Doc: If you do choose to watch this match in isolation from the rest of the tournament, then at least be sure to catch the backstage promo featuring the two just before they renew their in-ring rivalry.  Similarly to how a short talking segment so very well set the stage for Hart’s tilt with Roddy Piper at WrestleMania VIII, Bret and Perfect’s quick but effective verbal exchange at King of the Ring ’93 establishes the context of their history together and allows for a heavy investment in the fiction.  In the interview, Perfect recalls the Summerslam ’91 match – a Hennig loss – and tells The Hitman point-blank, “I owe you one, and I’m coming to collect.”

Today, we would probably get a video package to remind of us of their history, but I personally find on occasions such as this one with Bret and Perfect that the 2-minute interview backstage is more psychologically engaging. 
 
The characterful babyface match that follows is an aesthetic upgrade on their original encounter at Summerslam, thanks mostly to the simple fact that Perfect is healthy.  What happens when you get a healthy Curt Hennig against Bret Hart at his absolute apex?  Nearly twenty minutes of phenomenal professional wrestling. 
 
Of course, the manner in which The Hitman sells his earlier round injury and the development of further injury is best appreciated when you watch the Semi-Final within the context of the entire King of the Ring tournament presentation. 
 
13. Bret Hart vs. Diesel in a No Disqualification Match for the WWF Championship, Survivor Series 1995
 
Doc: My co-author and I felt almost the exact same way about the two most famous Bret vs. Diesel matches; the difference between us is that he favors the Royal Rumble ’95 match as the best of the lot, whereas I champion this Survivor Series bout instead. 
 
For yours truly, this was the smartest match of their four PPV series dating back to mid-1994’s King of the Ring, at which Diesel showed plenty of potential in his first feature-length encounter.  When they met again at the Rumble, Big Daddy Cool was only reasonably comfortably wearing the hat of the top babyface, at the very least still finding his footing as a top flight protagonist.  At Survivor Series, Diesel was in his tweener comfort zone, with a more organic attitude shining through the piece in ideal contrast to Hart’s more straight-laced approach.  Psychologically, the No DQ match was marvelous and, though character-wise (body language and facial expressions particularly) I think the recently discussed match with HBK was Diesel’s best ever performance, Kevin Nash never came across as more in-ring savvy than he did in his penultimate showdown with Bret; watch it again and it will stand out to you with crystal clear resolution. 
 
The entire Diesel-Bret rivalry deserves a lot more historical praise than it tends to receive and, for my tastes, everything at Survivor Series ’95 from their pre-match video package contextualizing the lack of a definitive victor in any of their prior title bouts to the attitudes on display before the bell rings to the high IQ wrestling from bell-to-bell to the famous Spanish announce table spot to the post-match shenanigans just scream “this is what wrestling is all about” to me.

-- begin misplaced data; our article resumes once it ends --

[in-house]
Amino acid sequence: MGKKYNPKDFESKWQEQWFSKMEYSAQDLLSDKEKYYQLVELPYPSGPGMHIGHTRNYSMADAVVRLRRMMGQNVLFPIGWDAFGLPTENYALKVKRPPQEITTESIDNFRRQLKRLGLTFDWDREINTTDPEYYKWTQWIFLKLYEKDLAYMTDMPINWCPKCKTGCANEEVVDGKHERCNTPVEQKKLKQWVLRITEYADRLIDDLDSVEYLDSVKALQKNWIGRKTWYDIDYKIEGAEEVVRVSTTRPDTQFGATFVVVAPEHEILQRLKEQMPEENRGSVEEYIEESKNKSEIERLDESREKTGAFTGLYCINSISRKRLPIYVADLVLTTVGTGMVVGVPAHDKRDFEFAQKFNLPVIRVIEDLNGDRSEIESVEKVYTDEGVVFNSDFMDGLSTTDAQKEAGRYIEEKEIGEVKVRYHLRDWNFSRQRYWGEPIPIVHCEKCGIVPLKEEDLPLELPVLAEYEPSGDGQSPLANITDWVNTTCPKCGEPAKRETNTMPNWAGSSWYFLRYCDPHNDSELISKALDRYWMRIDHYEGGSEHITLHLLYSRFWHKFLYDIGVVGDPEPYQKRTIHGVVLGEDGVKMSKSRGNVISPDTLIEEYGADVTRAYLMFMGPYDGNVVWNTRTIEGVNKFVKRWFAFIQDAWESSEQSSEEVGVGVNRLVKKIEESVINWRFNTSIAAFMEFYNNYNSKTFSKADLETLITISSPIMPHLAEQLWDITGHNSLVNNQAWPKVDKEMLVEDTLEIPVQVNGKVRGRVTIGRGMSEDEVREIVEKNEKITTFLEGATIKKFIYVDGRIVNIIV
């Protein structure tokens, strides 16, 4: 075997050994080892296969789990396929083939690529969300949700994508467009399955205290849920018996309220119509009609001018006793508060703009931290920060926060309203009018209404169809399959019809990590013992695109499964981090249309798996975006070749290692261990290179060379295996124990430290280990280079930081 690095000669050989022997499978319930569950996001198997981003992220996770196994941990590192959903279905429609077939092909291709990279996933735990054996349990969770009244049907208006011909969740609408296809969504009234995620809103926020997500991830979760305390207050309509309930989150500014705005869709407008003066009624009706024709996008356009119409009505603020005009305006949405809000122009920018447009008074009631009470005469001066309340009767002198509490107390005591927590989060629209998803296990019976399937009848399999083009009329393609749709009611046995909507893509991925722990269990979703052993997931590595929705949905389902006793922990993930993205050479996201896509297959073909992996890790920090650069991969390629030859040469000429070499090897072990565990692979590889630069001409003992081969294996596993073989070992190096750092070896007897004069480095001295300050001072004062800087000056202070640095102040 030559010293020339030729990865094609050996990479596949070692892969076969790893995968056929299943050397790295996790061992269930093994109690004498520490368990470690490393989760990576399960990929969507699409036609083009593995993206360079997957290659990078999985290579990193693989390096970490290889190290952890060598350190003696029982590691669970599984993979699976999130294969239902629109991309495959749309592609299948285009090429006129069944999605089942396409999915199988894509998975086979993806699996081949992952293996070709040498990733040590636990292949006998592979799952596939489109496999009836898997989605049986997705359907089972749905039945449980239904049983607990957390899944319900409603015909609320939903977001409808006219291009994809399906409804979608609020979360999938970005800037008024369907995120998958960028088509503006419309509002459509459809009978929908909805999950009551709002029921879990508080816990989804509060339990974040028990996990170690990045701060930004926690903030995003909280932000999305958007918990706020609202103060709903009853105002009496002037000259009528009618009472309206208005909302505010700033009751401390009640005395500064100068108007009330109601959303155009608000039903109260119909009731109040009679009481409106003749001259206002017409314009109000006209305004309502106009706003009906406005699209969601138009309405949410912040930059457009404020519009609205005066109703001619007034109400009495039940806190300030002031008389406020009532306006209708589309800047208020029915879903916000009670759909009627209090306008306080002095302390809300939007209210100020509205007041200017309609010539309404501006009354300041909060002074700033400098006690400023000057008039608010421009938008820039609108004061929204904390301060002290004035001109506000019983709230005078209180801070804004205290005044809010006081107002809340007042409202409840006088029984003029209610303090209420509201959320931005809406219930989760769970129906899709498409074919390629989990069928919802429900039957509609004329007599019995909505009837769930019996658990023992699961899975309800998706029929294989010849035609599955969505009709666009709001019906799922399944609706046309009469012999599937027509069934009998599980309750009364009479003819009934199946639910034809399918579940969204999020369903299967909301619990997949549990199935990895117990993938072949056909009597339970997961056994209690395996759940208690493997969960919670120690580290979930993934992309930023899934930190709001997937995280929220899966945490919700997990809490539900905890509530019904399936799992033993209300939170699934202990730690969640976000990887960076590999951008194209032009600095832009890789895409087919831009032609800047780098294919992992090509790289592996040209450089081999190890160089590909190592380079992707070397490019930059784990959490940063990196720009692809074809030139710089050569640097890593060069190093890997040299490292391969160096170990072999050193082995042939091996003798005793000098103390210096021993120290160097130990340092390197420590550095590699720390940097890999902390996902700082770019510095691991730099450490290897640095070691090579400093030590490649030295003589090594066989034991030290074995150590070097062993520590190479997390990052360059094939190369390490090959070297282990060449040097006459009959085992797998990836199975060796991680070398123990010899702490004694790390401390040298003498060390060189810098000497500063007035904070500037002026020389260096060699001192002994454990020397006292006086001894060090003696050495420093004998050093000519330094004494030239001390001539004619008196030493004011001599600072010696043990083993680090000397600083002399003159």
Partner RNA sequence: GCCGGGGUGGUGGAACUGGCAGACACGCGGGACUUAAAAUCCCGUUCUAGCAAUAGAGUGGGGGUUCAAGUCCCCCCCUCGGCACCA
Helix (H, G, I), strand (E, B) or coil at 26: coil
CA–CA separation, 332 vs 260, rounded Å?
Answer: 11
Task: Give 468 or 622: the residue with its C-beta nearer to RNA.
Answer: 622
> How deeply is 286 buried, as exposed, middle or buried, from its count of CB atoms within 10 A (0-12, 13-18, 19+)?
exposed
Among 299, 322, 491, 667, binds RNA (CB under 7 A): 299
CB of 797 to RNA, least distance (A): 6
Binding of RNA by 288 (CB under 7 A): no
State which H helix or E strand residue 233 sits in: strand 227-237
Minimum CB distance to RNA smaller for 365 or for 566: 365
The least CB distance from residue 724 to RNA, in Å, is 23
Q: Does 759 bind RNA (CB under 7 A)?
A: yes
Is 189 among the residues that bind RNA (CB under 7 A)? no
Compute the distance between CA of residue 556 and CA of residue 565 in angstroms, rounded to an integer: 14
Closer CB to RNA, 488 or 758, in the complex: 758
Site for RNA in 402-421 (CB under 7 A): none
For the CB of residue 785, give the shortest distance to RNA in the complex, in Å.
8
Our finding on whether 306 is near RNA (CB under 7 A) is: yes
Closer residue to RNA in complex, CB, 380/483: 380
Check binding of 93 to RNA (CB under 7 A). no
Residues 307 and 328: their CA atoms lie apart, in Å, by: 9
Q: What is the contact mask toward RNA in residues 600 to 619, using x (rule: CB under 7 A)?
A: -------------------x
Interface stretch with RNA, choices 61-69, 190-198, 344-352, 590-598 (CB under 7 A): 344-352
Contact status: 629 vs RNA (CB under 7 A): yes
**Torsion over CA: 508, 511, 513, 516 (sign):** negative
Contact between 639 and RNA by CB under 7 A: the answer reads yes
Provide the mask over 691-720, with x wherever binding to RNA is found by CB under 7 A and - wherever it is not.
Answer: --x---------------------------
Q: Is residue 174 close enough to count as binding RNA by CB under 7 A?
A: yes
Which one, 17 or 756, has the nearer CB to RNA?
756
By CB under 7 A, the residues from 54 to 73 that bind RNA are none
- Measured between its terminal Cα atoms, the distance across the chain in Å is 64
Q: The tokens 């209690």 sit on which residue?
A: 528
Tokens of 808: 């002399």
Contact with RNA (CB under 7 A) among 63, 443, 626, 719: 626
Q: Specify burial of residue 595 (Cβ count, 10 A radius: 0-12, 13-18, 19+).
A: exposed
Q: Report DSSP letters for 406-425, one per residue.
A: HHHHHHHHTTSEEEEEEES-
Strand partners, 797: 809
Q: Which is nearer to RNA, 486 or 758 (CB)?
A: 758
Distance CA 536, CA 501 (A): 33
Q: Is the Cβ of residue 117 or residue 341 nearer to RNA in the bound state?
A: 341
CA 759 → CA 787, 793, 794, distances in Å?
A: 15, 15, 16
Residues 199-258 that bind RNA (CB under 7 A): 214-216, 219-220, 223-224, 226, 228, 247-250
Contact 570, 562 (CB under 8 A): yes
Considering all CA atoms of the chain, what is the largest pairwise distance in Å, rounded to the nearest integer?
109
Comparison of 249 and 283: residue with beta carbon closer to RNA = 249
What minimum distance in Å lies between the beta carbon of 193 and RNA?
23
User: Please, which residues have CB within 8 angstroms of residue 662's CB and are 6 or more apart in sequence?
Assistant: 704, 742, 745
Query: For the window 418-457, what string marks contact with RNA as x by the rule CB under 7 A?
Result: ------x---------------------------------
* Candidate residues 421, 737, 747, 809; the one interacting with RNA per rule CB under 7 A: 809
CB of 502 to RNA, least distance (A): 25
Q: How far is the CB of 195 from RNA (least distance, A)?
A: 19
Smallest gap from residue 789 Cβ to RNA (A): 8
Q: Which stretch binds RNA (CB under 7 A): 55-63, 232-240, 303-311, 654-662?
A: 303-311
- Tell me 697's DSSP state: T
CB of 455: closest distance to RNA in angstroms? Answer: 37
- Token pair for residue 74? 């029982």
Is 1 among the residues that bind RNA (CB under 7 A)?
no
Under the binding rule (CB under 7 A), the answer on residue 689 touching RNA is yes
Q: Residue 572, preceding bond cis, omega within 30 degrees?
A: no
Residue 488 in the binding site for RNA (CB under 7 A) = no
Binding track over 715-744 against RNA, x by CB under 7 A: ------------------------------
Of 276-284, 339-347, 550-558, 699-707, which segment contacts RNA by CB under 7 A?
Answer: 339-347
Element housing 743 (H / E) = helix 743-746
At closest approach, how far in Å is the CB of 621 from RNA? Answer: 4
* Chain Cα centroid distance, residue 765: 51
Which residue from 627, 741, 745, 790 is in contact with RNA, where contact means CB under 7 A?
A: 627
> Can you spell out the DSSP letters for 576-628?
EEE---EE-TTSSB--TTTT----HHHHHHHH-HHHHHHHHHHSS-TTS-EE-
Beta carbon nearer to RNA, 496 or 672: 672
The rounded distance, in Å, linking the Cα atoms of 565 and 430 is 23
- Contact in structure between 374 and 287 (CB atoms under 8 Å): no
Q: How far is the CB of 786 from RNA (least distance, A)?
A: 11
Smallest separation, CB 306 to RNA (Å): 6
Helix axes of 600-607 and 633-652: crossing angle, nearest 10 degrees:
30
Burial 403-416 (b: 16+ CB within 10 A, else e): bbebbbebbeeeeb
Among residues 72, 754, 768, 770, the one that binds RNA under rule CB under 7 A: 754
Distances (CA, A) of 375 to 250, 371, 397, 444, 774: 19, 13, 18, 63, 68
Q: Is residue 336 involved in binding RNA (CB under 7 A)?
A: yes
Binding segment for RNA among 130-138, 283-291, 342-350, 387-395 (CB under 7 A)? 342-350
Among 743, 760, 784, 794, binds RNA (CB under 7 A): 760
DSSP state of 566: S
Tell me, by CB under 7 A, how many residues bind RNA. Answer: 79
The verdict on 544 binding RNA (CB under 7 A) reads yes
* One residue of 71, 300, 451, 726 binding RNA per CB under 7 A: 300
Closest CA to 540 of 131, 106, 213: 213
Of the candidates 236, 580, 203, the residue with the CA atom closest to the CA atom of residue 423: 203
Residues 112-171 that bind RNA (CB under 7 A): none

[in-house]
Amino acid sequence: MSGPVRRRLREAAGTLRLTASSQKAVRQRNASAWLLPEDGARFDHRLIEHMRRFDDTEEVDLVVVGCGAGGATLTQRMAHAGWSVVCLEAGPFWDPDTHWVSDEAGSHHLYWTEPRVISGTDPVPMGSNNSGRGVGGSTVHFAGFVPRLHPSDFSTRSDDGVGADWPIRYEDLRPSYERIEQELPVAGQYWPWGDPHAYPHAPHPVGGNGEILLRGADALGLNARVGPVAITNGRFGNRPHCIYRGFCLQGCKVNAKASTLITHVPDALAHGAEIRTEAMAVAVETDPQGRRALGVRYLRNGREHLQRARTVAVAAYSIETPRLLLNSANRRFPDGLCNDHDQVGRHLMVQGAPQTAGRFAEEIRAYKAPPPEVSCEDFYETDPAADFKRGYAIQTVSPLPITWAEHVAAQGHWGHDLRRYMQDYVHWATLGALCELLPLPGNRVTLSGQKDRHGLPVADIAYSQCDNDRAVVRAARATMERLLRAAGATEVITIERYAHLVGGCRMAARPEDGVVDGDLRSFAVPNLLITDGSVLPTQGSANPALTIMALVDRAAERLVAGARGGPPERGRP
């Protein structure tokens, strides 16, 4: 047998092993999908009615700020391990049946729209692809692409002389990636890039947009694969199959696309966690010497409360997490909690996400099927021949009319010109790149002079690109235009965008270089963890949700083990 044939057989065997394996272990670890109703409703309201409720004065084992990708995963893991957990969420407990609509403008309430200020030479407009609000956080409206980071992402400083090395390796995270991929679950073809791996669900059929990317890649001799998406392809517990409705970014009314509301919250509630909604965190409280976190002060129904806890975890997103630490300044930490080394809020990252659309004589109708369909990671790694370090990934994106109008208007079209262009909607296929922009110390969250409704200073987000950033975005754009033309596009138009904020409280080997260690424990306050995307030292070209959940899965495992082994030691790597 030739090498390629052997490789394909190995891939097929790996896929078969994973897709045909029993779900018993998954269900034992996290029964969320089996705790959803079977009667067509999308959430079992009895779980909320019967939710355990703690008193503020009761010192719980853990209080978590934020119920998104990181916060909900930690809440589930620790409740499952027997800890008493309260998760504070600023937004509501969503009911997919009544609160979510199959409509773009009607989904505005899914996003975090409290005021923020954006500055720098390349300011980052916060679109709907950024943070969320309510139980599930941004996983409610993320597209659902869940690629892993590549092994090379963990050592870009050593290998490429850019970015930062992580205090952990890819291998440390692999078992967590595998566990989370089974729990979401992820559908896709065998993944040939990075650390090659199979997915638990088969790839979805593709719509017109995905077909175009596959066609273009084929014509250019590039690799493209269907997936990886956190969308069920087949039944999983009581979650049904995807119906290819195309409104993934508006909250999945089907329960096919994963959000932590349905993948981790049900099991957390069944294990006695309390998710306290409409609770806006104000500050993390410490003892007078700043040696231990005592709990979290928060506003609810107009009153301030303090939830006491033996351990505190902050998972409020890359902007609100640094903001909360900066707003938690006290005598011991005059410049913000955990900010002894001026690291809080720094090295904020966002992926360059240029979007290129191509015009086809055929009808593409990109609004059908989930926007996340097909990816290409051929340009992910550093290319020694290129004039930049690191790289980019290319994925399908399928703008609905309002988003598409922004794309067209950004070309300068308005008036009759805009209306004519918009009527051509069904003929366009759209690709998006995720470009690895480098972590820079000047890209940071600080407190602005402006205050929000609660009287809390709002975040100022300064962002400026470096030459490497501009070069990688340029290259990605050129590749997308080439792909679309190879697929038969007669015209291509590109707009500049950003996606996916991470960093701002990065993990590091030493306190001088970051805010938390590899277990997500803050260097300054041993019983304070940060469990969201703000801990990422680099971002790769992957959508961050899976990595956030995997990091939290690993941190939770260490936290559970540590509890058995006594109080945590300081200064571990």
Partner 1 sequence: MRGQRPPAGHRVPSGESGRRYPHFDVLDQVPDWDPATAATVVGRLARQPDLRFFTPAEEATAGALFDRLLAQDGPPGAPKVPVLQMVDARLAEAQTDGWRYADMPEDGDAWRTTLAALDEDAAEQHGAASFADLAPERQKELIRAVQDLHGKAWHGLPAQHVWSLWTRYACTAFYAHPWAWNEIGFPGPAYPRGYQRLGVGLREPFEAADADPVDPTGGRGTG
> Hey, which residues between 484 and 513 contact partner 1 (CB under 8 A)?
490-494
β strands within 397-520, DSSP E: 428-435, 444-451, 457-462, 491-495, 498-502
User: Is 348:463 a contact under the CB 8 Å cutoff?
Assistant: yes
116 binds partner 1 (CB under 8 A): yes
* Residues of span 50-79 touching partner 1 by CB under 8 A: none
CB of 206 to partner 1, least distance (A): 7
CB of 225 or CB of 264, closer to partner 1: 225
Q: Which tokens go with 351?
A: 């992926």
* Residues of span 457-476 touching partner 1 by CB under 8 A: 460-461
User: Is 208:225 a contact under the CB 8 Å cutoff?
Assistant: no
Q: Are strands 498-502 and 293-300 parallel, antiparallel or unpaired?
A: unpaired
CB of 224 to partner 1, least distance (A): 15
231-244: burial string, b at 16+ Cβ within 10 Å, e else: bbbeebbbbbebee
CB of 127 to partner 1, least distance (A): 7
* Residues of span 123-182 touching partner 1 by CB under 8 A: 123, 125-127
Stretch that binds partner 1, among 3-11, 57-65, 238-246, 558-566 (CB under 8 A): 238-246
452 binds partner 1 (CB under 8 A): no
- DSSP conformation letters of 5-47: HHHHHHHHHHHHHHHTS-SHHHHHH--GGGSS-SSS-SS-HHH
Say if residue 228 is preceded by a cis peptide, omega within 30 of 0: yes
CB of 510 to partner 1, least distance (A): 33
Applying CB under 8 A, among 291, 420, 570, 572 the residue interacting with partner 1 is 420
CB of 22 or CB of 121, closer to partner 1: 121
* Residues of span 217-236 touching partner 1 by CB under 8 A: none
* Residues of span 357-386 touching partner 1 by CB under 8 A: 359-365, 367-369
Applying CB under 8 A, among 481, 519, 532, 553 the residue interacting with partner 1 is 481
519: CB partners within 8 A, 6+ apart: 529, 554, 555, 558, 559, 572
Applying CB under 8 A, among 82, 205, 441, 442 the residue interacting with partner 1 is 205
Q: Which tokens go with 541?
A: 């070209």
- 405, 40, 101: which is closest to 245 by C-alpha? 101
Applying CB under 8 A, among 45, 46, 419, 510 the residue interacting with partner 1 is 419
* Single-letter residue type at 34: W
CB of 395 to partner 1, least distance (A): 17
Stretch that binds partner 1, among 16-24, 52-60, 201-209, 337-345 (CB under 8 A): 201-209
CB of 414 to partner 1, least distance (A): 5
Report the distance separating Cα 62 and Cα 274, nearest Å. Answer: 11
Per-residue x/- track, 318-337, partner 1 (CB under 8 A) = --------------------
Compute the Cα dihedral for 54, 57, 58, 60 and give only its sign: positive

‘Plan: As our good Doctor pointed out, I do admittedly prefer the 1995 Royal Rumble encounter between two of the icons of the New Generation Era, a match that perhaps ironically watches more overtly as a No Disqualifications style. It is only in considering that point for this series that I have finally been able to come to terms with why it is this Survivor Series 1995 encounter – which was No Disqualifications – has never quite clicked with me to the same degree, being a match I have always admired more than I have loved.

In my book, 101 WWE Matches To See Before You Die, I write at length about sports entertainment gimmicks as performance art genre, where match types are broken down according to common traits found among the most popular iterations so that we can define those match types as genres and better understand why fans react to them the way they do – which are conventional examples, which are subversive, or innovative, or simply unorthodox?

Bret Hart vs. Diesel, undoubtedly the true poster feud of its Era in spite of popular memory favouring Bret Hart vs. Shawn Michaels for that moniker, reached its zenith with a No Disqualifications Match that defied convention. It is slower paced, opting for a gruelling story over an exhilarating one, though a story that is no less enthralling for it. It features minimal false finish – perhaps it features the least false finish of any major main event from the 1990s onward, though I would need to verify that assumption – and uses its stipulation in a manner more creative and much less obvious than the norm. It is a trait that peaks with the first ever Spanish announce table bump (let’s add historic to its litany of accomplishments then), and one that might just be the most naturalistic of them all.

Its disinterest in sticking to genre convention is, I think, why I have never quite clicked with it before. Genre-defiers often befuddle at least one subgroup of wrestling fans. Now, though, I cannot wait to revisit this tale of two men, equally matched, who had grown disinterested in the posturing of their earlier bouts, and instead now focused intensely on proving themselves the better, their rivalry spilling over from begrudging respect of January to bitter hostility. It is a mighty effort, borderline iconic, and well deserving of its high placement here.

12. Bret Hart vs. 1-2-3 Kid for the WWF Championship, Monday Night Raw July 11th, 1994

‘Plan: When Jinder Mahal won the WWE Championship in 2017 in what proved to be WWE’s mistake of the decade, many rushed to this instant classic as a comparison. Frankly, to do so was misguided. What’s important to understand about this vaunted television title bout is that it was not an overnight ‘booking stunt.’ This didn’t just come out of nowhere, at least any more than most television classics of the age did. Instead, it marked the peak of what was ostensibly the Kid’s long-form introduction into an immensely talented roster.

Since his upset win over Razor Ramon the year before, the Kid had been embroiled in a number of high octane and exciting TV matches, most notably during a short lived tag team run alongside Marty Jannetty against the Quebecers during the latter’s brief Revival-like run with the tag straps at the end of 1993 and early 1994. In short, by the time this title challenge rolled around, fans were familiar with the Kid and invested in him as the resident underdog.